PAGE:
Wed. Sep 28th, 2022

STENNIS SPACE CENTER, Miss – For a moment, it looked like the Space Launch System saga might have a happy ending. Under a bright blue sky late Saturday afternoon, NASA’s massive rocket came to life for the very first time. As the four engines lit and roared, thunder rumbled over these Mississippi lowlands. A gigantic, beautiful plume of white exhaust boomed away from the test bench.

It was all damn glorious until it suddenly stopped.

About 50 seconds after what should have been an 8-minute test firing, the flight control center shouted, “We’ve got an MCF on engine 4.” This means there was a “major component failure” with the vehicle’s fourth engine. After a total of about 67 seconds, the hot-burn test was over.

At a post-flight press conference held outside the test bench, officials gave few details about what had gone wrong. “We don’t know what we don’t know,” said NASA administrator Jim Bridenstine. “It’s not everything we hoped it would be.”

He and NASA’s program manager for the SLS rocket, John Honeycutt, tried to put a positive spin on the day. They explained that this is why aerospace hardware is being tested. They expressed confidence that this was still the rocket that would launch the Orion spacecraft around the moon.

And yet it’s hard to say that what happened on Saturday is anything but a bitter disappointment. This missile core stage was moved from its nearby Louisiana plant to Stennis more than a calendar year ago, with months of preparation for these critical test firings.

Honeycutt said before the test, and after again, that NASA had hoped to get 250 seconds of data, if not fire the rocket for the entire duration of its nominal ascent to space. Instead, it got a quarter of that.

So what happened?

Perhaps most intriguingly, Honeycutt said the engine problem cropped up about 60 seconds into the test, at one of its most dynamic moments. This was when the engines dropped from 109 percent of rated thrust to 95 percent, Honeycutt said. And it was also when they started to gimbal, or move their thrust axis.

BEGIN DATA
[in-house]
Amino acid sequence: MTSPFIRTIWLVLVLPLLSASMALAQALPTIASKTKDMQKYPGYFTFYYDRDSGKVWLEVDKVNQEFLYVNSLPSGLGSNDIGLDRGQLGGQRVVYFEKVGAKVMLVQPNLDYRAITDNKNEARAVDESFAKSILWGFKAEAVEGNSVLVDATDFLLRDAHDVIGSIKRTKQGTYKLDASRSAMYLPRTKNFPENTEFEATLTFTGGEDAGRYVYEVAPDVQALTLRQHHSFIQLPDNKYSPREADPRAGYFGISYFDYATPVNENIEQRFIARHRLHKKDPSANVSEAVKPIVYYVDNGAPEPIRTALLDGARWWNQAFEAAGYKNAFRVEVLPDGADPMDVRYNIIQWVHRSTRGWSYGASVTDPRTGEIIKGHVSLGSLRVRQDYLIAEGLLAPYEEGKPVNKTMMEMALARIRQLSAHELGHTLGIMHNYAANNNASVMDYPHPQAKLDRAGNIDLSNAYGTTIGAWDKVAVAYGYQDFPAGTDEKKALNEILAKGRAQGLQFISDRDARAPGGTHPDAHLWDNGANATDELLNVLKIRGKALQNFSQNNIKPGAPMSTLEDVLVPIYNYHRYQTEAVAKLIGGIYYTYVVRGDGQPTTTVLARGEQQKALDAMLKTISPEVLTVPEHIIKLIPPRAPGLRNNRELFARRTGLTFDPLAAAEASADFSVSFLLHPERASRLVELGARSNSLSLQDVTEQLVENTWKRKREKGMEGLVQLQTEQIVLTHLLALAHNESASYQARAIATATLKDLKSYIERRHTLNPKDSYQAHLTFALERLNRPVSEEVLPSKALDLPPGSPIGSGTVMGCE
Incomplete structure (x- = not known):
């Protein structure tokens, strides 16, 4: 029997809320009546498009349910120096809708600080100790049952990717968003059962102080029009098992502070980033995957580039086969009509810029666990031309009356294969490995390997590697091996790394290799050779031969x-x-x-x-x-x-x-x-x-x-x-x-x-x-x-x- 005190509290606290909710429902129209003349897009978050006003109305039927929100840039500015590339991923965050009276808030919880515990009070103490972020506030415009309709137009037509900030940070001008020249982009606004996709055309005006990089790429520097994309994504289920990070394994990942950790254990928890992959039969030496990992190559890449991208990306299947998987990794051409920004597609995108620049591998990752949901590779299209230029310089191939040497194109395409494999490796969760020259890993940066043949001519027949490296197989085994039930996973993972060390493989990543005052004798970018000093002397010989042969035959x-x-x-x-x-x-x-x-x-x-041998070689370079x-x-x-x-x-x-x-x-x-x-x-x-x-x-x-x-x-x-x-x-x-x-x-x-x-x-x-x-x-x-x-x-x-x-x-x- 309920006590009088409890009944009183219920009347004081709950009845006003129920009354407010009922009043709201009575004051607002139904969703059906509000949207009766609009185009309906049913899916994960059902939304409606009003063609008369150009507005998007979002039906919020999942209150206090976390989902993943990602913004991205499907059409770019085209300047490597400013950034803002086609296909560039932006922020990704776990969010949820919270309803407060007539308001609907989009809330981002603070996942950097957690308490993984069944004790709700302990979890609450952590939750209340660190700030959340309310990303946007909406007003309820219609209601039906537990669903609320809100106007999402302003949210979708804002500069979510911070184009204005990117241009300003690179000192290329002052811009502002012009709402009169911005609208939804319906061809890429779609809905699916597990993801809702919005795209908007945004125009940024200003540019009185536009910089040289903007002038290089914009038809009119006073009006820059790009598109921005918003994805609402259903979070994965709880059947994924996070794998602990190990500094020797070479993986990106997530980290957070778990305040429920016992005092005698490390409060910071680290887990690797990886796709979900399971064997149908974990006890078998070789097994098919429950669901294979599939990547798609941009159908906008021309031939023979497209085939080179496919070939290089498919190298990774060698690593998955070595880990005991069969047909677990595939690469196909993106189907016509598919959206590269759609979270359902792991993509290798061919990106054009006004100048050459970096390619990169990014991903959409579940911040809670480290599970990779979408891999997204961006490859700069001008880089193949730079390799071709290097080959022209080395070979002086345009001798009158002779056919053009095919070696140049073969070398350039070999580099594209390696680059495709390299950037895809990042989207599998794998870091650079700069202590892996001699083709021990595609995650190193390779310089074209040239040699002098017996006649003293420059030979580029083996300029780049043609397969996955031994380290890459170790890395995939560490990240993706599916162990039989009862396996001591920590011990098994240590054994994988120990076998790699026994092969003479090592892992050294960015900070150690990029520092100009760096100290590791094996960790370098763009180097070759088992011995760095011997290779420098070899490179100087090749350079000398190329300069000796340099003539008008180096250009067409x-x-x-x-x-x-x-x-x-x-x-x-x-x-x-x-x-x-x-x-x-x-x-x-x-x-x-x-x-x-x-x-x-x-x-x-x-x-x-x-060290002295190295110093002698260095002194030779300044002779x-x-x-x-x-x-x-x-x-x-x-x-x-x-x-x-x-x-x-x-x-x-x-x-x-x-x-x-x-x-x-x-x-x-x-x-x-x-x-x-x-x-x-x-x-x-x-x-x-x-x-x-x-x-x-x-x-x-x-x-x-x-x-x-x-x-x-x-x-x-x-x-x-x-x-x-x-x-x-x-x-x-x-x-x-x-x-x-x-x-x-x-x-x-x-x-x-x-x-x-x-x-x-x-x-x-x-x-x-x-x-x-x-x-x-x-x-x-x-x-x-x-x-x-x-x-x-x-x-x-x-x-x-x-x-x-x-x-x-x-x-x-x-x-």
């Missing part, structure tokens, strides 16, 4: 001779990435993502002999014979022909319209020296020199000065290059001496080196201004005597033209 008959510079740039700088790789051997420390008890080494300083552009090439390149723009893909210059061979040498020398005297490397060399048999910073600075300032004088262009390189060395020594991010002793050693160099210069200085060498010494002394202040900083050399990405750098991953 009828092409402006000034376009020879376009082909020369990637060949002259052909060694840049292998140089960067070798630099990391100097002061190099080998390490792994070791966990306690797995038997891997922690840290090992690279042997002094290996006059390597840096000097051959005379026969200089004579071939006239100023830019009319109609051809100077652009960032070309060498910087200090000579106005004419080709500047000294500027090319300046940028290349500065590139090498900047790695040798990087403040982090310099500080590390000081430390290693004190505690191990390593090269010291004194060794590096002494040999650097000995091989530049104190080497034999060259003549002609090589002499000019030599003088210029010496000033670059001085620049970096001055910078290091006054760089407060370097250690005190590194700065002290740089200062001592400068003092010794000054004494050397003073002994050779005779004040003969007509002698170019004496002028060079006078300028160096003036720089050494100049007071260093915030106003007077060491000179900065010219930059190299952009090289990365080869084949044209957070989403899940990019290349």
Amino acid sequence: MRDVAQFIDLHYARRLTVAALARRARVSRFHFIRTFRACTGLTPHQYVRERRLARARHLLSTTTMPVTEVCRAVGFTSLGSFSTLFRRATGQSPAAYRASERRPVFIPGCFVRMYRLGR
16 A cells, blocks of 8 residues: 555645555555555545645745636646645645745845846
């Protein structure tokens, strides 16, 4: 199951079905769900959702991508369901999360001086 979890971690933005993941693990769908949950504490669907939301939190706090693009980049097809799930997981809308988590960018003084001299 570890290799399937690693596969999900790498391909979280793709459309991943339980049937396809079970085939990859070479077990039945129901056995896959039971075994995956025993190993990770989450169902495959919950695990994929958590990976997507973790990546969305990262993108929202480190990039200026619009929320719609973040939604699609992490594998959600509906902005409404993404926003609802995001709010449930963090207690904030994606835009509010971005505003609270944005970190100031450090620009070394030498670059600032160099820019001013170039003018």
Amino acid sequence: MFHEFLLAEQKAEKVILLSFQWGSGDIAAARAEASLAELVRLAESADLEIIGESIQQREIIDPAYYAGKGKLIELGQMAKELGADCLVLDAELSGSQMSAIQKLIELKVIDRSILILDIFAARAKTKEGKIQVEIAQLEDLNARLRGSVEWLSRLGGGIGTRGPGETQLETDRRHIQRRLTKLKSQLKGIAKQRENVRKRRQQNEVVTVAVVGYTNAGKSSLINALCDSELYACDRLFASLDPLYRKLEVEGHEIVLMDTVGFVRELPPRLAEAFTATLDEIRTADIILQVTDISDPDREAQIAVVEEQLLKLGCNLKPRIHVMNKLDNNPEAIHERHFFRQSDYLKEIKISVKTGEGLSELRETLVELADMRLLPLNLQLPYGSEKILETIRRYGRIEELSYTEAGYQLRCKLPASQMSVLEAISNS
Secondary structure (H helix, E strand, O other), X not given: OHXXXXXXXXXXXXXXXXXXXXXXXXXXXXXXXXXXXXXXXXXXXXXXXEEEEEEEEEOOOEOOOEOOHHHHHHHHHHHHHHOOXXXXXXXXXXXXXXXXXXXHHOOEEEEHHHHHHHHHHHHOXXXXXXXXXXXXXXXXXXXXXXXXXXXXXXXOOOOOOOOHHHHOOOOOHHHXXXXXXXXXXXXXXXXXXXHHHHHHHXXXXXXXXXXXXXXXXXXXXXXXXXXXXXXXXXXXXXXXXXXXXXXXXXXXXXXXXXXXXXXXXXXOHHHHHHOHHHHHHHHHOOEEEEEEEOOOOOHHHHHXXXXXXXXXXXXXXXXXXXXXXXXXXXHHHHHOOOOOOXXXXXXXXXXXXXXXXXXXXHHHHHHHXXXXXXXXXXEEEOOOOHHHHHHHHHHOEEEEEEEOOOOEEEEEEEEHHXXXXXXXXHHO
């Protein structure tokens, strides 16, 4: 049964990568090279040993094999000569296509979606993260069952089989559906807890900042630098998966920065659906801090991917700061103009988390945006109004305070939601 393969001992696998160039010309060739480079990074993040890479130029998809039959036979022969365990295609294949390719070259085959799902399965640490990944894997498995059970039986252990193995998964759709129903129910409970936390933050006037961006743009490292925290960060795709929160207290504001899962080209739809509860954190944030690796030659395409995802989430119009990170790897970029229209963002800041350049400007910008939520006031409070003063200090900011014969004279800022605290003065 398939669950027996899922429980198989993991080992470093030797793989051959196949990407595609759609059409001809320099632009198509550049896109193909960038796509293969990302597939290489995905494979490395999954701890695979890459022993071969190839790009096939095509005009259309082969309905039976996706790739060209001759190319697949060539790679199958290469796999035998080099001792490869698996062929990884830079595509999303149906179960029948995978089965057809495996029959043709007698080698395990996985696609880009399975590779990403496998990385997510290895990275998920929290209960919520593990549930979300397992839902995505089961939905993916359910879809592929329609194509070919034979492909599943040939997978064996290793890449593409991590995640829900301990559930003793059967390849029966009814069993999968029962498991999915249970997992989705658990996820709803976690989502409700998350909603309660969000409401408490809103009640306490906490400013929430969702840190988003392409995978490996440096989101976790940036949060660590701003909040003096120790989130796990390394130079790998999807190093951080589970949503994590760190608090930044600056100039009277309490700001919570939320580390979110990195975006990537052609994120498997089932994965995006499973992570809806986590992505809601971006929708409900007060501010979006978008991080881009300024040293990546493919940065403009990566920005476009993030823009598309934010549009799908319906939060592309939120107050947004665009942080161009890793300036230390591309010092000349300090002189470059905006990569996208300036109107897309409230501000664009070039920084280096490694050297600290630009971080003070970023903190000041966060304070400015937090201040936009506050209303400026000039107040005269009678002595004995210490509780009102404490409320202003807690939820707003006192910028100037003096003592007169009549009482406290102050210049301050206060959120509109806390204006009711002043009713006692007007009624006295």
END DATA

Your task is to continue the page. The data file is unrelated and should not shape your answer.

After about 60 seconds, engineers noticed a “flash” in the area of ​​a thermal protection blanket around engine 4, Honeycutt said. The motor section is one of the most complex parts of the core stage, and each of the four main motors has thermal protection to limit the heating of the other motors.

Now, engineers from NASA, Boeing and the engine manufacturer, Aerojet Rocketdyne, will study data from the test to determine exactly what went wrong. It’s not clear how long this will take and what issues need to be fixed.

A drone image of NASA's hot-fire test on Saturday.

A drone image of NASA’s hot-fire test on Saturday.

If there is a serious problem with Engine 4, it can be swapped. NASA has spare RS-25 engines at Stennis, including backups that have been tested and are ready, Honeycutt said. Such an engine change can take place on the test bench itself over the course of a week or 10 days.

An important question is whether another hot burn test will be necessary. Bridenstine, whose tenure as NASA administrator ends next Wednesday, said it was too early to say what will happen next. He expressed the hope that a clear problem would be found. Still, it seems unlikely that NASA will have enough data from this test to prevent another hot-burn test, which will likely require weeks to months of preparation.

All of this casts serious doubt on NASA’s plans to launch its Artemis I mission — an unmanned precursor to the mission to send humans to the moon — before the end of this year. Already on a tight deadline, the program had to ship the core phase from Stennis Space Center to Florida’s Kennedy Space Center in February to maintain the possibility of launch in 2021.

That now seems almost impossible.

What the future has in store

The future of NASA’s Space Launch System rocket is not clear. The incoming Biden administration has not released detailed plans for the space agency. However, the big rocket’s backing has always come from Congress, not the White House. Congress created the booster a decade ago when the Obama administration wanted to rely more on private companies to provide launch vehicles.